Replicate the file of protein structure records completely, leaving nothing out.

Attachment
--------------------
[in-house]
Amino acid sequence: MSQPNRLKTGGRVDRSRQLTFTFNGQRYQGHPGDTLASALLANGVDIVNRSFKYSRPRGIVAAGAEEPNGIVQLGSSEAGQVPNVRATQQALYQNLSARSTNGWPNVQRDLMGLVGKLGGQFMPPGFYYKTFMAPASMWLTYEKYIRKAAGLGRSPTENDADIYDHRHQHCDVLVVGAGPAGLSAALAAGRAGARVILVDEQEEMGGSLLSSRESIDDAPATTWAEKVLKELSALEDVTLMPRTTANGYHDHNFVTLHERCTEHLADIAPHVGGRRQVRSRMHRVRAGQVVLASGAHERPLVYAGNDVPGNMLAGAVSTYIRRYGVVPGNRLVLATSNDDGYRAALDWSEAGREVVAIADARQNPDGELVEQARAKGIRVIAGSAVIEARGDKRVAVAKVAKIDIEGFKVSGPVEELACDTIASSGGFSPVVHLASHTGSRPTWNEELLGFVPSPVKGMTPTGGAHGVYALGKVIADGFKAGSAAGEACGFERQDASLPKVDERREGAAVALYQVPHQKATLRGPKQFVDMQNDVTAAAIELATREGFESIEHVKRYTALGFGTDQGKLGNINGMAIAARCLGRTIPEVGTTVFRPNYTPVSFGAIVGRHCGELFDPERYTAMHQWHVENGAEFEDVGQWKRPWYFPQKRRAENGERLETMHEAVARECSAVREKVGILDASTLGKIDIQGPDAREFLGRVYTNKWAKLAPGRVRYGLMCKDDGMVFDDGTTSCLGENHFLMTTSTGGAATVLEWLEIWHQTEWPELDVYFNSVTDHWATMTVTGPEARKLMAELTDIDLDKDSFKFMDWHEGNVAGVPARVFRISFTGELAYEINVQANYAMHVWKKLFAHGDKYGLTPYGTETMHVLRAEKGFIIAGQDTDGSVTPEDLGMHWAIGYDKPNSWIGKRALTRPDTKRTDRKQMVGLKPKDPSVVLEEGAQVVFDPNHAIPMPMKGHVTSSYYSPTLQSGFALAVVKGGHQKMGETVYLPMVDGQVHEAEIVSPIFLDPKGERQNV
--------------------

[in-house]
Amino acid sequence: MSQPNRLKTGGRVDRSRQLTFTFNGQRYQGHPGDTLASALLANGVDIVNRSFKYSRPRGIVAAGAEEPNGIVQLGSSEAGQVPNVRATQQALYQNLSARSTNGWPNVQRDLMGLVGKLGGQFMPPGFYYKTFMAPASMWLTYEKYIRKAAGLGRSPTENDADIYDHRHQHCDVLVVGAGPAGLSAALAAGRAGARVILVDEQEEMGGSLLSSRESIDDAPATTWAEKVLKELSALEDVTLMPRTTANGYHDHNFVTLHERCTEHLADIAPHVGGRRQVRSRMHRVRAGQVVLASGAHERPLVYAGNDVPGNMLAGAVSTYIRRYGVVPGNRLVLATSNDDGYRAALDWSEAGREVVAIADARQNPDGELVEQARAKGIRVIAGSAVIEARGDKRVAVAKVAKIDIEGFKVSGPVEELACDTIASSGGFSPVVHLASHTGSRPTWNEELLGFVPSPVKGMTPTGGAHGVYALGKVIADGFKAGSAAGEACGFERQDASLPKVDERREGAAVALYQVPHQKATLRGPKQFVDMQNDVTAAAIELATREGFESIEHVKRYTALGFGTDQGKLGNINGMAIAARCLGRTIPEVGTTVFRPNYTPVSFGAIVGRHCGELFDPERYTAMHQWHVENGAEFEDVGQWKRPWYFPQKRRAENGERLETMHEAVARECSAVREKVGILDASTLGKIDIQGPDAREFLGRVYTNKWAKLAPGRVRYGLMCKDDGMVFDDGTTSCLGENHFLMTTSTGGAATVLEWLEIWHQTEWPELDVYFNSVTDHWATMTVTGPEARKLMAELTDIDLDKDSFKFMDWHEGNVAGVPARVFRISFTGELAYEINVQANYAMHVWKKLFAHGDKYGLTPYGTETMHVLRAEKGFIIAGQDTDGSVTPEDLGMHWAIGYDKPNSWIGKRALTRPDTKRTDRKQMVGLKPKDPSVVLEEGAQVVFDPNHAIPMPMKGHVTSSYYSPTLQSGFALAVVKGGHQKMGETVYLPMVDGQVHEAEIVSPIFLDPKGERQNV